And why the violin?  When a kid is 3 or 4 he or she doesn’t have the slightest idea what really interests them.  The violin part really bugs me.  What if one of her kids wanted to be a great mandolin player?  Or a world class juggler?

I’m pretty demanding with my kids.  With Delaney, it started with swimming, not because I decided she would become a great swimmer, but because she did.  If she has a bad swim, I’ll say something like “Dang, Delaney, I thought you were going to drown out there,” or I’ll ask if she needs some Floaties.  At first, this made her mad. 

Now it clearly motivates her.  Big time.  Last summer’s league Freestyle championship heat, for instance.  She didn’t need Floaties that night.

Delaney is third from the right, with the blue swim cap.

After seeing how Delaney responded to my raised expectations in swimming, I started being more demanding of all my kids, with school work.  I tell them that if they make a bad grade they’ll have to sleep in the yard for a night or two, on the trampoline.  They’re pretty sure I don’t mean it- pretty sure being the important part.  They are all good students, and they feel personal satisfaction as a result thereof.  That’s the key, because true motivation comes from within, not from without.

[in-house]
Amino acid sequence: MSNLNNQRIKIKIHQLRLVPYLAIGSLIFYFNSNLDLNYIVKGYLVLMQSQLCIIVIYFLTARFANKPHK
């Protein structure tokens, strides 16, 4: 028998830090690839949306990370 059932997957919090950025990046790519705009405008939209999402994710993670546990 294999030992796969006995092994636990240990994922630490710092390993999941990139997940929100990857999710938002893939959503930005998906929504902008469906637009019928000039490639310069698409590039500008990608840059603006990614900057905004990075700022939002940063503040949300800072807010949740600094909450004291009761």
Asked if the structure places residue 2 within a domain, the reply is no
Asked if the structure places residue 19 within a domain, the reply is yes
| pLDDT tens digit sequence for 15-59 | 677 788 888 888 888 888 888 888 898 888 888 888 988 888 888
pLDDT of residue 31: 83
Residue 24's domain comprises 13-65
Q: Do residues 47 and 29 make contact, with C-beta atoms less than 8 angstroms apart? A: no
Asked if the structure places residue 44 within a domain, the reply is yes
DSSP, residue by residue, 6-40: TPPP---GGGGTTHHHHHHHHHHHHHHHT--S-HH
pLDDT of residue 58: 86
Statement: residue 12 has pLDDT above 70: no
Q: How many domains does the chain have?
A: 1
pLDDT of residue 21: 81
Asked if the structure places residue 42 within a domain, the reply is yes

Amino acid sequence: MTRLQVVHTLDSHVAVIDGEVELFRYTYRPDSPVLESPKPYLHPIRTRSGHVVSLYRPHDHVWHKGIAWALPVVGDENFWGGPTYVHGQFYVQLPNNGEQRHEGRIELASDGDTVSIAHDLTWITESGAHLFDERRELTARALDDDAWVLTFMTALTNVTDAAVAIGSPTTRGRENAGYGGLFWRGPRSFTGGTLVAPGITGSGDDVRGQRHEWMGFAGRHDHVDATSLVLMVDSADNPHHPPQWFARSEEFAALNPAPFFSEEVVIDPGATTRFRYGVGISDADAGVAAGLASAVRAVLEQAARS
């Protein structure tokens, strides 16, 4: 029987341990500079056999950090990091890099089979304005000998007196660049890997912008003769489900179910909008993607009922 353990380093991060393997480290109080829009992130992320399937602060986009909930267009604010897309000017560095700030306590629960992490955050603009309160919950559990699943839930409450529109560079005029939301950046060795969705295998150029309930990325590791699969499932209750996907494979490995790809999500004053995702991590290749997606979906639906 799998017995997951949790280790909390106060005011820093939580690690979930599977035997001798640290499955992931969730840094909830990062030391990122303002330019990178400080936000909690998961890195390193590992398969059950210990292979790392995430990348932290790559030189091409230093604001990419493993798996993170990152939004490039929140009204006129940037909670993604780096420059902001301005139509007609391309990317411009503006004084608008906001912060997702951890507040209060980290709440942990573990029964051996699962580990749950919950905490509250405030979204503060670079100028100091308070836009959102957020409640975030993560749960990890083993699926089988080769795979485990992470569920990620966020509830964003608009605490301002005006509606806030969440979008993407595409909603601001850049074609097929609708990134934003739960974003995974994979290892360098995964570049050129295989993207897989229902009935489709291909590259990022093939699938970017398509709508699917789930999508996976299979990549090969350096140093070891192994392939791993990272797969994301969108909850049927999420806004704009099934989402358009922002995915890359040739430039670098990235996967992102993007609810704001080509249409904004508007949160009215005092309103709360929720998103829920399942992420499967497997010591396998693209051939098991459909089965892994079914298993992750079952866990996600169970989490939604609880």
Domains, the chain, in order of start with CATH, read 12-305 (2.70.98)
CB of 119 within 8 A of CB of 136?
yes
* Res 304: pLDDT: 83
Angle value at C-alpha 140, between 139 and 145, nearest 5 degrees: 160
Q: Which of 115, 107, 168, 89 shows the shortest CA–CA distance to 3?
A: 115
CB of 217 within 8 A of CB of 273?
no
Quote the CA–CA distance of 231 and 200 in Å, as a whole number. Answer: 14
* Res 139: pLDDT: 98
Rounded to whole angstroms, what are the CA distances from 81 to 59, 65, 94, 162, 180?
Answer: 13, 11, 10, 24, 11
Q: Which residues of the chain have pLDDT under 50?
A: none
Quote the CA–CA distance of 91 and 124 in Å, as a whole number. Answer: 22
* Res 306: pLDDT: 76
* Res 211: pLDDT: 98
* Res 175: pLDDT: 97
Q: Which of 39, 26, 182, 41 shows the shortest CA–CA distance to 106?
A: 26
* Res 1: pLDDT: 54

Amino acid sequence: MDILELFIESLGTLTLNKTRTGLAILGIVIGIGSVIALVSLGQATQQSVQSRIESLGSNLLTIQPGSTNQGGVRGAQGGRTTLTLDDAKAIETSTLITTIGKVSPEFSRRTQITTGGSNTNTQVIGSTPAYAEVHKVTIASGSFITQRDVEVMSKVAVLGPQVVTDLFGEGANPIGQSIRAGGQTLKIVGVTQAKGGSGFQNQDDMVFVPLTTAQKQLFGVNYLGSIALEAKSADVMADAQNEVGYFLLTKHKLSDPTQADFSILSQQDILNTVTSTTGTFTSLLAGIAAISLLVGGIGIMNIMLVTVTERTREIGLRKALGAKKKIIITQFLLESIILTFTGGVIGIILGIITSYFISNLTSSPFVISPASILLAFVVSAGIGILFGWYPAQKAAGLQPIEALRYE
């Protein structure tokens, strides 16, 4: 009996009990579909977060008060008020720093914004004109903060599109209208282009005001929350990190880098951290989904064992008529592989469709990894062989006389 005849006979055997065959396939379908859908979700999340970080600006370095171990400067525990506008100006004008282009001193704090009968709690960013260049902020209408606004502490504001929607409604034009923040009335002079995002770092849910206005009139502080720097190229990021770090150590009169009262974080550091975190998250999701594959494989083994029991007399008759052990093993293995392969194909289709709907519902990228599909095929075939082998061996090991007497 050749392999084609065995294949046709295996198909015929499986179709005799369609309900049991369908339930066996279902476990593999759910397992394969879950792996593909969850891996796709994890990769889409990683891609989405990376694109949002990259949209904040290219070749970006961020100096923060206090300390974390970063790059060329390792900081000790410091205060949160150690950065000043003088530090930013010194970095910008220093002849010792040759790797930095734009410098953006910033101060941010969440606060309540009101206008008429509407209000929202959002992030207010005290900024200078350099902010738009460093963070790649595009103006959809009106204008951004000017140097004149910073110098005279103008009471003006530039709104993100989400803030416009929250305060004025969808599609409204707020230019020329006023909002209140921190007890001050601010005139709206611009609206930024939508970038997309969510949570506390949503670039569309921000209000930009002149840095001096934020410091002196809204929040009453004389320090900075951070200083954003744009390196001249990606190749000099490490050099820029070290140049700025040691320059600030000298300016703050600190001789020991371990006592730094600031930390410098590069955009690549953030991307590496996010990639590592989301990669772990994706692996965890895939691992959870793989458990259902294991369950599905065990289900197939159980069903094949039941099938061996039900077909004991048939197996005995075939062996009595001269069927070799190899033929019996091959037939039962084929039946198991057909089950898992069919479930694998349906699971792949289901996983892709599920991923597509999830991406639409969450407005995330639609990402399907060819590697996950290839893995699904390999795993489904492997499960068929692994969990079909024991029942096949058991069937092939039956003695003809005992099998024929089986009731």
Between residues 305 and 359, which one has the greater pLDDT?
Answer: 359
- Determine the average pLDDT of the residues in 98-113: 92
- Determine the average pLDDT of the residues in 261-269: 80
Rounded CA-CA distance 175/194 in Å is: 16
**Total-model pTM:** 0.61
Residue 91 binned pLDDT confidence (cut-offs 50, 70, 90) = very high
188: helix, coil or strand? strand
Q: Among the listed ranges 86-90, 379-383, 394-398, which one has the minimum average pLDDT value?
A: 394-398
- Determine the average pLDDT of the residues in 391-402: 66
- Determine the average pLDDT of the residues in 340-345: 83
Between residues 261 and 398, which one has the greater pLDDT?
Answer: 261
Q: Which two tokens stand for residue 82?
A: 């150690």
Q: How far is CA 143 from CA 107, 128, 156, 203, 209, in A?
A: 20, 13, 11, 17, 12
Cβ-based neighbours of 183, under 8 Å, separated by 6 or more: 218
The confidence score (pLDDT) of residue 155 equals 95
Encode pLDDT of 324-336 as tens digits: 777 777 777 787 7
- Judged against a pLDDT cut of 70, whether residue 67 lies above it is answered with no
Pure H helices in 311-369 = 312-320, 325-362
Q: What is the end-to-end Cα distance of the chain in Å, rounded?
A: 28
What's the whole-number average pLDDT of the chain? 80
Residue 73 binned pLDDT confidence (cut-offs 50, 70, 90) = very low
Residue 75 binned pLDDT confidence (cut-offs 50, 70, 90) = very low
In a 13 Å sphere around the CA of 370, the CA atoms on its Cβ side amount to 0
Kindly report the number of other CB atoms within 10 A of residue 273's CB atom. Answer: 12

Of course, we also goof around together all the time.  Playing Wii Sports, and watching bad reality TV.  We have a good time.  We do the “pull my finger” thing all the time.  Most of the time, we’re just messing around.  But they all know when to bring it.

But, and here’s where I disagree with this so-called Chinese mother, you also need to build-up your kids and express love (I said express, not just feel).  My kids and I hug all the time.  I tell them I love them constantly.  If one of my kids gained a few pounds,  I would never say “Hey fatty- lose some weight,” as described in the article that started this whole rigmarole.  Nothing, and I mean nothing, pisses me off more than someone putting down their kids in a way that affects self-esteem.

I also realize that often we’re just trying to get the kids to school or bed.  There’s not always time to mold your child into whatever you’d like them to be.  Thank goodness.